By Jack Williams
These mind-bending masterpieces are created by an artist with a unique talent for combining different jigsaws into bizarre mashups.
Whether it be piglets with the eyes of frogs, cows combined with construction vehicles, or toy bears mixed with beer cans, no combination is off limits for the creative eye of jigsaw fanatic Tim Klein.
Tim, from Vancouver, Washington, USA, came up with the concept for his one-of-a-kind works after discovering that many mass-produced 500-piece jigsaw puzzles have the same cut pattern, allowing their subjects to be combined in bizarre ways.
Tim, 52, said: “For any pair of 500-piece puzzles with the same cut pattern, there are literally trillions of possible ways to intermingle their pieces, so the possibilities are endless.
“There’s no way to know a puzzle’s cut pattern just by looking at the box, but if two puzzles of the same size from the same manufacturer have similar copyright dates, there’s a good chance they were both cut using the same die, and thus have the same cut pattern.
“A puzzle die is like a huge, complex cookie cutter that stamps out all the pieces of a puzzle at once, and if two puzzles have been cut using the same die, their pieces are interchangeable.”
In order to create this incredibly eye-catching works, Tim first assembles the two jigsaws side-by-side, before interchanging certain elements into one main piece.
Though the concept works well of modern day puzzles, too, the artist said that his preferred subject matters are those from puzzles created between the 1960s and 1990s.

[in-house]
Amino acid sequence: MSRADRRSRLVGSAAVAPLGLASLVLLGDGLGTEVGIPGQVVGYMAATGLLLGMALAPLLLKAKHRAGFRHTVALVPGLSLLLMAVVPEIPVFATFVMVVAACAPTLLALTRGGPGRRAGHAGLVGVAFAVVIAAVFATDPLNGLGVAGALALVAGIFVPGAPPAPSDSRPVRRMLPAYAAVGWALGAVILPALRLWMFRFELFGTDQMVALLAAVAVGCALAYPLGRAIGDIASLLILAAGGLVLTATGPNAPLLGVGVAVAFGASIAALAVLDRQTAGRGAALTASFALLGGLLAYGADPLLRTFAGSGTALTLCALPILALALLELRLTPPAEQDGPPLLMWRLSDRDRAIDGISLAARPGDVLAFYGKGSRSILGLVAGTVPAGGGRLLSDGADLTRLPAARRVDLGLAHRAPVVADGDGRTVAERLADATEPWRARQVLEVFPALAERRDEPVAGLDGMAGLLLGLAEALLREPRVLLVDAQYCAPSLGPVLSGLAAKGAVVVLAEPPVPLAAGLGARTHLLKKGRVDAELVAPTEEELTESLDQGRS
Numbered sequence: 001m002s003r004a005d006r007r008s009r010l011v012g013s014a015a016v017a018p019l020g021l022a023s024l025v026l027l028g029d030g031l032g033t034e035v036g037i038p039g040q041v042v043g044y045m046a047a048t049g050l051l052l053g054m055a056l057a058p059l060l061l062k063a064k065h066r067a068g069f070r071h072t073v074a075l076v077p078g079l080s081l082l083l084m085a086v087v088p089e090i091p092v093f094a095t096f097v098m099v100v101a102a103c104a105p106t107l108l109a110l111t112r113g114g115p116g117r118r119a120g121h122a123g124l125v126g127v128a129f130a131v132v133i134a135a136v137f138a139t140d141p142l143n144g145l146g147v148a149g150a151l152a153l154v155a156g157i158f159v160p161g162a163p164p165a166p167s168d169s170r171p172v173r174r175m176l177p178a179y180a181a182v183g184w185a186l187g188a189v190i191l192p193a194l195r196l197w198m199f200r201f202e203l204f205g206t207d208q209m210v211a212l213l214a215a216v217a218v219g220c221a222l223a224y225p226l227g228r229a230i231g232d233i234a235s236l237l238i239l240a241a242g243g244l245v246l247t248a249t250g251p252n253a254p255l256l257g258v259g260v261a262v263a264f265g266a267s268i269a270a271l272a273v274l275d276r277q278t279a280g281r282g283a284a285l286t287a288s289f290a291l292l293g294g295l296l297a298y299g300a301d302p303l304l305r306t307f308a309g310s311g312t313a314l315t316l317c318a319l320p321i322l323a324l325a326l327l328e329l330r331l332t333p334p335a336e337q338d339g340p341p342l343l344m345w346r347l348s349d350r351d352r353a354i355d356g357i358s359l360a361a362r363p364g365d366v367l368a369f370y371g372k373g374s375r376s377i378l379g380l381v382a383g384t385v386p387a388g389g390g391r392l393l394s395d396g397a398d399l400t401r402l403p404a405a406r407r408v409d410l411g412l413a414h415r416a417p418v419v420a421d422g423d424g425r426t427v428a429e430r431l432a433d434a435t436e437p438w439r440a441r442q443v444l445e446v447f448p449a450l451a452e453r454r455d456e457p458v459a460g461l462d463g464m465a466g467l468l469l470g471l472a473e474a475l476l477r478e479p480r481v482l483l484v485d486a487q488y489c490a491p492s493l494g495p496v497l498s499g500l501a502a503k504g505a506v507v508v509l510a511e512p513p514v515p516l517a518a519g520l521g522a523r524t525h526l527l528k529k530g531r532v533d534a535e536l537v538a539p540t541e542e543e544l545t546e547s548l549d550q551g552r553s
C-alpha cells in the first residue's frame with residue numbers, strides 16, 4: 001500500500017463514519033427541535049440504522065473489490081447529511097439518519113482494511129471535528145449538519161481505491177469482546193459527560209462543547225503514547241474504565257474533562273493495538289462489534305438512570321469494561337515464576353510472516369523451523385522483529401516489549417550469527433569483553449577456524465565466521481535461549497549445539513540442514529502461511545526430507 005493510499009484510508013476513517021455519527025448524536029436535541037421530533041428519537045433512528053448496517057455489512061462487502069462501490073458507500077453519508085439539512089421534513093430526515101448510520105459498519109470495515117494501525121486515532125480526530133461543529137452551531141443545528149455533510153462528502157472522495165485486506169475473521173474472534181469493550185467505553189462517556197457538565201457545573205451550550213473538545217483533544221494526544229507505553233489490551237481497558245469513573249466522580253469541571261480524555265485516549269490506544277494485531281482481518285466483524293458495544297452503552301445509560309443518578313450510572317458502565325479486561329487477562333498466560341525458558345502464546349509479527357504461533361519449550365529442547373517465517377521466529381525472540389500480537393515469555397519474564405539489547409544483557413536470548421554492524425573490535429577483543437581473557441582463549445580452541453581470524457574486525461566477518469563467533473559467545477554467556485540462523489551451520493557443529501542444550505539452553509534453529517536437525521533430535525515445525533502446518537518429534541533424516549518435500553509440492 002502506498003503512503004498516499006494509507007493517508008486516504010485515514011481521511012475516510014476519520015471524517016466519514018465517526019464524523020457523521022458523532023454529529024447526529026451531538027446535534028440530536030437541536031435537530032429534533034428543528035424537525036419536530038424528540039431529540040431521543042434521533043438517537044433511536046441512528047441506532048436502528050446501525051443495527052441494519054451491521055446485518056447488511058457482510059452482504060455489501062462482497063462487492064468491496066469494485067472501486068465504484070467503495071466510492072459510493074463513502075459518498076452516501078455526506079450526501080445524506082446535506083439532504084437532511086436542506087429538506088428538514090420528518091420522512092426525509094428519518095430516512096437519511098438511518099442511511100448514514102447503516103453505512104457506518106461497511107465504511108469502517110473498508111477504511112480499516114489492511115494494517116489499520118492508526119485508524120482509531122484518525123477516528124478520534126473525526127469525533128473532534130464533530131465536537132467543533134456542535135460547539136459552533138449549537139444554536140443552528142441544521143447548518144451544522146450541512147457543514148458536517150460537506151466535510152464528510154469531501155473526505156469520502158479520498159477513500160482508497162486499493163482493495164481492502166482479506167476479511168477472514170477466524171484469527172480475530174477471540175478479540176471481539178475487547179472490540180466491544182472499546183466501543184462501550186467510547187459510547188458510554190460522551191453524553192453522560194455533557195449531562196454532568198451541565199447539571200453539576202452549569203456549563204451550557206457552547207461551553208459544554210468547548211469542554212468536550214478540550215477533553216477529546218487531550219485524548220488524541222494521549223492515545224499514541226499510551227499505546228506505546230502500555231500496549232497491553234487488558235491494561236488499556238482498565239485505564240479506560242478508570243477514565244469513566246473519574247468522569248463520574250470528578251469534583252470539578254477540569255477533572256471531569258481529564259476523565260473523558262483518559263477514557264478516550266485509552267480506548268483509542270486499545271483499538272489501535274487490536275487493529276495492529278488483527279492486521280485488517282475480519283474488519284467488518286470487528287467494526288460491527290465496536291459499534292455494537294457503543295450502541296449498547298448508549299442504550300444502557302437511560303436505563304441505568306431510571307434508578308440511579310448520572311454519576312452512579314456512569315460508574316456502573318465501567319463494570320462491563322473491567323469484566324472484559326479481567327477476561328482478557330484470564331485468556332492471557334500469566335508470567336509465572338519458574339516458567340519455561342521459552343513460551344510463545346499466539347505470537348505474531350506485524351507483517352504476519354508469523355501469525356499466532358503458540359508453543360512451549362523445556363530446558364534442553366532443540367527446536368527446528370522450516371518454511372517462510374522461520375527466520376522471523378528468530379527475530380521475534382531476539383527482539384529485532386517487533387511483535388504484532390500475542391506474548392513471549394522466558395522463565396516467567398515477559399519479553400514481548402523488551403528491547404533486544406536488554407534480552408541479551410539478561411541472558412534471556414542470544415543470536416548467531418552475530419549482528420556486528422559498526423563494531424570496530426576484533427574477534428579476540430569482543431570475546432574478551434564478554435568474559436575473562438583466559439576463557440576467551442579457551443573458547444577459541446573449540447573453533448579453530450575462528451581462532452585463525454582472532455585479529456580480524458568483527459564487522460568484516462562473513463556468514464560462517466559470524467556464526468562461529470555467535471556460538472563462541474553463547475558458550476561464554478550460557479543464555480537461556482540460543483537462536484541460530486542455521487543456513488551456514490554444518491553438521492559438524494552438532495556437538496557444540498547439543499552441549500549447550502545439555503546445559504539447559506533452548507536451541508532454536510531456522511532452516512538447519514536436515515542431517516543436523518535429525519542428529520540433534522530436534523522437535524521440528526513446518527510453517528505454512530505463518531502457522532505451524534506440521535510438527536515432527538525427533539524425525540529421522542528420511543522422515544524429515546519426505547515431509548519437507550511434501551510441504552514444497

Searching for such puzzles is part of the fun for Tim, who frequently visits the likes of estate sales and charity shops in the hope of finding puzzles that could work well for such montages.
For this reason, a number of finished works the artist has put together were years in the making, with Tim waiting for the right combination of puzzles to become available.
At times, determined Tim has also had to make the tough decision to abandon such montages, accepting after hours of work that there are no suitable combinations.
When putting together these works, Tim said he looks to create a finished image that is either “surreal or humourous or both.”
To date, the artist and software engineer has built around 40 puzzle montages since he began experimenting with the medium in 1993.
Through his work, Tim hopes to inspire others to take an interest in this unique hobby.
Tim said: “My favorite response to my artwork is when commenters on social media tag their friends and say, in their native languages, ‘Hey, we should try this!’
“I sometimes wonder how many weekend puzzle parties I’ve inspired among groups of friends in distant lands, and how many strange or humorous puzzle montages have resulted from them.
“I think that a lot of the appeal of this art form is that people who don’t consider themselves artists can nevertheless imagine trying it, since the materials are commonplace and no special manual skill is needed.”